Youth Sports

As fall sports start to wrap-up around most of the country, winter sports have just begun or are right around the corner.  The anticipation is building for an exciting new season.  New equipment, new uniforms, and new teammates are all fun things we all look forward to before the first practice or first game of a new season.  But even with all this newness we look forward to, many coaches go back to their old ways, old habits, and old expectations for the new upcoming season.  Every season is different, and before every season, youth sport coaches must evaluate, and

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Children who grow up watching sports all have big athletic dreams when they are young.  It’s hard to blame them.  Who wouldn’t want to believe they can hit the walk-off home run in Game 7 of the World Series at Yankee Stadium, or catch the game winning touchdown in the Super Bowl, or make a 30-foot birdie putt on the 18th hole at Augusta National to win the Masters?  Some kids even imagine themselves in that situation when they are practicing or playing with their friends.  That’s all fun and games, and that is what sports at the youth level

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As fall sports for youth sports start earlier and earlier (but, that’s a different topic for another day), practices begin in the dog days of summer – early to mid-August.  In the majority of the country, early to mid-August is very hot and very humid.  It is important for children playing sports in August (or July, or June, or any time when a child enters a hot and humid environment) to undergo a process called heat acclimatization. Heat acclimatization policies were first implemented in 2003 by the National Collegiate Athletic Association, and first by state high school athletic associations in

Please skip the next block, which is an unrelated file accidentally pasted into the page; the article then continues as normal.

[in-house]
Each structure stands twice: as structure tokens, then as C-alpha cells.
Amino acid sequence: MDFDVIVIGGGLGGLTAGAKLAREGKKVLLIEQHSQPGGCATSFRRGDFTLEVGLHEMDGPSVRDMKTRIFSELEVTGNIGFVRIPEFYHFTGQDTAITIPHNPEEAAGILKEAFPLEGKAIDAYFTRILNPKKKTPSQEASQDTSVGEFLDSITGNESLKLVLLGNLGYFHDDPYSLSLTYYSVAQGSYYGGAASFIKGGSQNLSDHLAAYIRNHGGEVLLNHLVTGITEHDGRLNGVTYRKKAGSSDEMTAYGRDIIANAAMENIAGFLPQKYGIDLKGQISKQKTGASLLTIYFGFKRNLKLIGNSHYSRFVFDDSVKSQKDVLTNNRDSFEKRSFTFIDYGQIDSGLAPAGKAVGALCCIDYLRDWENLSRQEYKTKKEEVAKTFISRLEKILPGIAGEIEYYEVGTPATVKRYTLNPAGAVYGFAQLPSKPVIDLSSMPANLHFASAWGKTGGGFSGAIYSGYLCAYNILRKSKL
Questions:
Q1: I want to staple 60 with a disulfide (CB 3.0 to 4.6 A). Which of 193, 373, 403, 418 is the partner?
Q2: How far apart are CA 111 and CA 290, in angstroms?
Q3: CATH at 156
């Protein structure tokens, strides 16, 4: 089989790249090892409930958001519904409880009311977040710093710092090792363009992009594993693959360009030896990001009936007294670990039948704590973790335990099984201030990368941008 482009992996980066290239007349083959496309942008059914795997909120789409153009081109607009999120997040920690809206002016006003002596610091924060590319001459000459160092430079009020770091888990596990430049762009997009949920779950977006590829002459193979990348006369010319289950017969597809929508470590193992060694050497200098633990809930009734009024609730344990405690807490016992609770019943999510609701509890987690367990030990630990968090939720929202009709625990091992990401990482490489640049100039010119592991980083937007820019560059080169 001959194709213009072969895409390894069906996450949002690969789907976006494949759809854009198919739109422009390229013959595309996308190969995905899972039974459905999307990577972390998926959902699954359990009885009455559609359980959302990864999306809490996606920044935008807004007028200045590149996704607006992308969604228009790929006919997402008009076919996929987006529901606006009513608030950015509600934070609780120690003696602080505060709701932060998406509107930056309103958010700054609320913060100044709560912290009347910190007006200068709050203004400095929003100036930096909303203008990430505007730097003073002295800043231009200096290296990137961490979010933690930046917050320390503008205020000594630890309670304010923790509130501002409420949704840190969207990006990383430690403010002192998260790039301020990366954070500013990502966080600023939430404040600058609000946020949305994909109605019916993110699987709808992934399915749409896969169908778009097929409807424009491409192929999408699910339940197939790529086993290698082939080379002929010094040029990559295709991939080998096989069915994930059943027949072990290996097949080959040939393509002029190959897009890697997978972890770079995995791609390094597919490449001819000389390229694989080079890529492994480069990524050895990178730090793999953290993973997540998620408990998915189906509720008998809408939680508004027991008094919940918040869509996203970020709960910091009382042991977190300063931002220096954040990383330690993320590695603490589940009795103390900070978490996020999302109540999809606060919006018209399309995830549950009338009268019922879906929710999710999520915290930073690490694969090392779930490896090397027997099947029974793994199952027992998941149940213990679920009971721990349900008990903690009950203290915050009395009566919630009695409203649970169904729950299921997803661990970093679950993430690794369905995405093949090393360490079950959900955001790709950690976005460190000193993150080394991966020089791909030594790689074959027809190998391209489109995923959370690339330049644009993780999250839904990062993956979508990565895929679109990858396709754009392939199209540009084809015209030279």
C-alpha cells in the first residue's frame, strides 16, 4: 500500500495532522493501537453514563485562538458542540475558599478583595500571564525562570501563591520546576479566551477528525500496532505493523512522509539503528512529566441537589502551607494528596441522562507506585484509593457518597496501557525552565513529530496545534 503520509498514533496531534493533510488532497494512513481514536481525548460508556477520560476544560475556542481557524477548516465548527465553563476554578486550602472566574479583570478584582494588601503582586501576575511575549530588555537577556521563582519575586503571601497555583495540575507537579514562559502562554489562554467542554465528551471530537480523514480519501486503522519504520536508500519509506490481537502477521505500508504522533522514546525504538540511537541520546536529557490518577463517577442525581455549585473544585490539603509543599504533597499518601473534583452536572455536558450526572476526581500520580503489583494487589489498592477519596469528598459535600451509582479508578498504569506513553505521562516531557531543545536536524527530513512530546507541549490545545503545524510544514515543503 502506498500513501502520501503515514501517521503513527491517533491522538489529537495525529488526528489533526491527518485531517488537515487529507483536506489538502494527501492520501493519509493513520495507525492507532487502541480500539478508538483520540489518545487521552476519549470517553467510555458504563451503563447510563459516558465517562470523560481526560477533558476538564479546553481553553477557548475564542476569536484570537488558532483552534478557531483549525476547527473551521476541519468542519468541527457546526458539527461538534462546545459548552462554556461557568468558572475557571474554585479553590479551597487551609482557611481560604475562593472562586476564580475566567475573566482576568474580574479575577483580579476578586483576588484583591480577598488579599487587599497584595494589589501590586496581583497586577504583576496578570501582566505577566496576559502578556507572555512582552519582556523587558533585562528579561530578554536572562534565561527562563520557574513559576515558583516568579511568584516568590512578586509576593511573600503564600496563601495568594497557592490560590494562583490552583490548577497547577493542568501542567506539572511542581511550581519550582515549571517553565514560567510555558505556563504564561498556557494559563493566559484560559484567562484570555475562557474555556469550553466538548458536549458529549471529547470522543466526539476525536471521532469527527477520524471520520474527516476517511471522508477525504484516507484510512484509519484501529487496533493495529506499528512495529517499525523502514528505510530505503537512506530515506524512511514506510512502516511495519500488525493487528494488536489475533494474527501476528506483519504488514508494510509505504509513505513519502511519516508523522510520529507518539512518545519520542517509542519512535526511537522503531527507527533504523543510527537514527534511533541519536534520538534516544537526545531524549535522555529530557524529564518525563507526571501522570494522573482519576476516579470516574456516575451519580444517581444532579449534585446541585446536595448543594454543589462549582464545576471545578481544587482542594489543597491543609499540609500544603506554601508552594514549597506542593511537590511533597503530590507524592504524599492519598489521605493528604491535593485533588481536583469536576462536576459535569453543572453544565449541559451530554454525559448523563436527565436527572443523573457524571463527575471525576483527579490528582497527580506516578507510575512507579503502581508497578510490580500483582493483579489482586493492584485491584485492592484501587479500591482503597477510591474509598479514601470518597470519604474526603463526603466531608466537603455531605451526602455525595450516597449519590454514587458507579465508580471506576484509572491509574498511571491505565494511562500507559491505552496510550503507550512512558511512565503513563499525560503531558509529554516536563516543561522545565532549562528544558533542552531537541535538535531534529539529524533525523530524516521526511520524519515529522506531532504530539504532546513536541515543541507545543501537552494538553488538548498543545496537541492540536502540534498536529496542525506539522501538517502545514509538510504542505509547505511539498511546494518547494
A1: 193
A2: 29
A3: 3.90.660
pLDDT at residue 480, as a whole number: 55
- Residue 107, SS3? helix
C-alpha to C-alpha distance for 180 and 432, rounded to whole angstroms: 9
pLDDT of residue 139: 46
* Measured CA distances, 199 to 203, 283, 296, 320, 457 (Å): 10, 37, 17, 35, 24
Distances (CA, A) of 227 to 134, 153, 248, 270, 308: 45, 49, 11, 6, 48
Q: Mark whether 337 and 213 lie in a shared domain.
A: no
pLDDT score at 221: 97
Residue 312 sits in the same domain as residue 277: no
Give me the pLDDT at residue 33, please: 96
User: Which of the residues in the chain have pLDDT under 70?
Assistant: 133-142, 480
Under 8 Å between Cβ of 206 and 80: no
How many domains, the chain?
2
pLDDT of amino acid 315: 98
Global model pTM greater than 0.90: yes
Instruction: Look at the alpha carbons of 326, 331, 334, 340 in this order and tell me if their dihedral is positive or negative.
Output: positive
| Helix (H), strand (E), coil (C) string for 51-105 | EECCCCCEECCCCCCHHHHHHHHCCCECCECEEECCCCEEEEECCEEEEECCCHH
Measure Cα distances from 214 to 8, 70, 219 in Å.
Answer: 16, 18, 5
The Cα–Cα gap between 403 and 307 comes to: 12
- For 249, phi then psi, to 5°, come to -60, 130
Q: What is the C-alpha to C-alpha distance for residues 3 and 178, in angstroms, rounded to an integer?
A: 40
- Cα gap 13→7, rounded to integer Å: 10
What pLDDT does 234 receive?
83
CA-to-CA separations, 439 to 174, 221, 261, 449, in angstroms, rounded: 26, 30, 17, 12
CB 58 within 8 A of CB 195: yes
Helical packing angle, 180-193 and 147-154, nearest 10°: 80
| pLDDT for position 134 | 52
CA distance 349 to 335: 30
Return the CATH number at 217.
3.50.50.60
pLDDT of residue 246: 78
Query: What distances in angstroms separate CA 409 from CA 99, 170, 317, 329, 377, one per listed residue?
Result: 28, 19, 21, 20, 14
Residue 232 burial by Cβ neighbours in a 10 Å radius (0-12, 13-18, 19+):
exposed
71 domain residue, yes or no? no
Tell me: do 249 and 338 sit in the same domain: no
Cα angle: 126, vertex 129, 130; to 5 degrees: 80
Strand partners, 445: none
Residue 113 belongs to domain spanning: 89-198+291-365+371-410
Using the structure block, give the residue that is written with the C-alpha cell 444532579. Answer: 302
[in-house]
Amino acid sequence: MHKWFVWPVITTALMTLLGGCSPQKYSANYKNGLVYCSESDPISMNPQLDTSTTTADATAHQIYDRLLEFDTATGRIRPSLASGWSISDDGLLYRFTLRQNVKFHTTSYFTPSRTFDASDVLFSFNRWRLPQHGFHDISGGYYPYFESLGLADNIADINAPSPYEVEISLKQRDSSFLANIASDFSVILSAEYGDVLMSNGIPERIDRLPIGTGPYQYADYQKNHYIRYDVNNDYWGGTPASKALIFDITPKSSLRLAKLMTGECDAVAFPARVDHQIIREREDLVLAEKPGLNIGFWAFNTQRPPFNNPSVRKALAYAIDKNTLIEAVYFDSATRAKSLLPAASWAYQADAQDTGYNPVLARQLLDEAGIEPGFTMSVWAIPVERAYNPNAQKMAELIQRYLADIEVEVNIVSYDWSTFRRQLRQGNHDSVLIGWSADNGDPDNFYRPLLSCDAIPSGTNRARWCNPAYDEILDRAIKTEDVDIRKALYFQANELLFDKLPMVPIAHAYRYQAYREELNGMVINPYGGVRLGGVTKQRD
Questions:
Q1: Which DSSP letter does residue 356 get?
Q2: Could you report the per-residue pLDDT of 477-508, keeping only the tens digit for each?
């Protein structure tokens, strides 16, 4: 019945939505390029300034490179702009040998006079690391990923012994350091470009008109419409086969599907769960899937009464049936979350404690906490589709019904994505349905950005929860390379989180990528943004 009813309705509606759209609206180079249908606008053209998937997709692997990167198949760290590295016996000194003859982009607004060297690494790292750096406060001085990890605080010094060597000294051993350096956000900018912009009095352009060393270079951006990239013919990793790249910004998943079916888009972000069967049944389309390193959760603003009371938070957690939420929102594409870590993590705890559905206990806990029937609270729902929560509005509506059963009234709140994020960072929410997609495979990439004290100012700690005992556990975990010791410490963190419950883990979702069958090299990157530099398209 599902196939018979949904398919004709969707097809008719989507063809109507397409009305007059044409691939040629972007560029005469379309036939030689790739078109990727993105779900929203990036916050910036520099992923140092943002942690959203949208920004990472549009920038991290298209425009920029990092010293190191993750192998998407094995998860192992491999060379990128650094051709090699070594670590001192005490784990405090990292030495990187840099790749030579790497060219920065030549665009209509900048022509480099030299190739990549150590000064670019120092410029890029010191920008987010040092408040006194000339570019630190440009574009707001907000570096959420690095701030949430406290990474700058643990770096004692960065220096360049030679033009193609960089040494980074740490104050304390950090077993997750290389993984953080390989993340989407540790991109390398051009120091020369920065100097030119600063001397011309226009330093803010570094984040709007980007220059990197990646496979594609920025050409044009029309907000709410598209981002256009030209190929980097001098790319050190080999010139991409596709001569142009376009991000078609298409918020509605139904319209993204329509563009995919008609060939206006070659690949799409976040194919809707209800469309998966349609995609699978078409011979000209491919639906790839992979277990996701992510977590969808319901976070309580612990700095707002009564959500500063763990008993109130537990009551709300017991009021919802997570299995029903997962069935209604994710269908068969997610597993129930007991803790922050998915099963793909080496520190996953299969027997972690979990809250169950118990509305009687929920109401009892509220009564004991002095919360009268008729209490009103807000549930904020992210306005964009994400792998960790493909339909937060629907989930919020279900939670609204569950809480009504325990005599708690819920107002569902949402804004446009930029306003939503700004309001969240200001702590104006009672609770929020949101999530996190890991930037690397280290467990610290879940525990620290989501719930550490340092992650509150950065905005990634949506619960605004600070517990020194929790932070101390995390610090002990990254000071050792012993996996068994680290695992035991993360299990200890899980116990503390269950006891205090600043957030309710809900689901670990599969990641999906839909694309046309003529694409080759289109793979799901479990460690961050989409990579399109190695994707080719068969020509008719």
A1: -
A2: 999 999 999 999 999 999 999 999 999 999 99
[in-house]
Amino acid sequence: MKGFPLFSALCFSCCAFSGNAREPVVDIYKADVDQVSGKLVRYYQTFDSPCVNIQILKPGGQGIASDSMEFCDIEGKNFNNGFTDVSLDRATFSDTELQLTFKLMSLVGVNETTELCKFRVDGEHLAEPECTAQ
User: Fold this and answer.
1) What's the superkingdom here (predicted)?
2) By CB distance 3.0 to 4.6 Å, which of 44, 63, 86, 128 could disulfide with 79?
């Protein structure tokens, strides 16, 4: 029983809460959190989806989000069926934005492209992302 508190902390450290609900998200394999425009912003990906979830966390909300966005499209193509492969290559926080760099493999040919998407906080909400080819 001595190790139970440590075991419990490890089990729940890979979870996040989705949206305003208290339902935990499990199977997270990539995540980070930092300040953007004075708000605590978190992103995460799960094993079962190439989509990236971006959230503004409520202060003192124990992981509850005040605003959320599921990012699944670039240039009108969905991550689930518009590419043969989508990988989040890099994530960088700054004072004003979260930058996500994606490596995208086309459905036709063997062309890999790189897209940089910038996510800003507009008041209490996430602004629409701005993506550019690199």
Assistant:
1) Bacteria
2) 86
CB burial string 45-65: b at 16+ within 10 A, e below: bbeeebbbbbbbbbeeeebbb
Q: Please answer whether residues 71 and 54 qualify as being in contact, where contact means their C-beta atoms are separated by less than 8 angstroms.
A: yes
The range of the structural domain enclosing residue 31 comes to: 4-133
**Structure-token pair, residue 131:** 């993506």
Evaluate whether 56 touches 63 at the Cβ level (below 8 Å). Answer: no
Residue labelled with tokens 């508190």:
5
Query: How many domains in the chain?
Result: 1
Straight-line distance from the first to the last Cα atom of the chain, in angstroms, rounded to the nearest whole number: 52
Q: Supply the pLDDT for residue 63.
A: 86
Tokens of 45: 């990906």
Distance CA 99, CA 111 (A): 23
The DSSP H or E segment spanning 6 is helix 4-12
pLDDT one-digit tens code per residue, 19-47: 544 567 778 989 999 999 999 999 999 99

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Every year thousands and thousands of children participate in youth sports.  Parents pack their minivans with their children and teammates, chairs for the sideline, and a cooler full of snacks and drinks and drive to the field or court.  Parents sign up their kids to play sports for a variety of reasons.  Maybe they played the sport as a child, or the child saw the sport on TV and wanted to play.  Or perhaps the child’s sibling plays the sport.   Sometimes the child just has a lot of energy that he or she needs to burn off.  Whatever the reason

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It’s the start of a new season, and your child wants to try to play a new sport, or continue playing the one he or she has been playing in the past.   So, you go online, register, enter your credit card information, and just like that, little Timmy or Suzie is all set for another season.  Why do kids want to play sports?  What do parents hope kids get out of sports?  How should leagues and programs be structured? So many times, we as parents, coaches, and administrators are caught up in the “now.”  “My kid needs to become better

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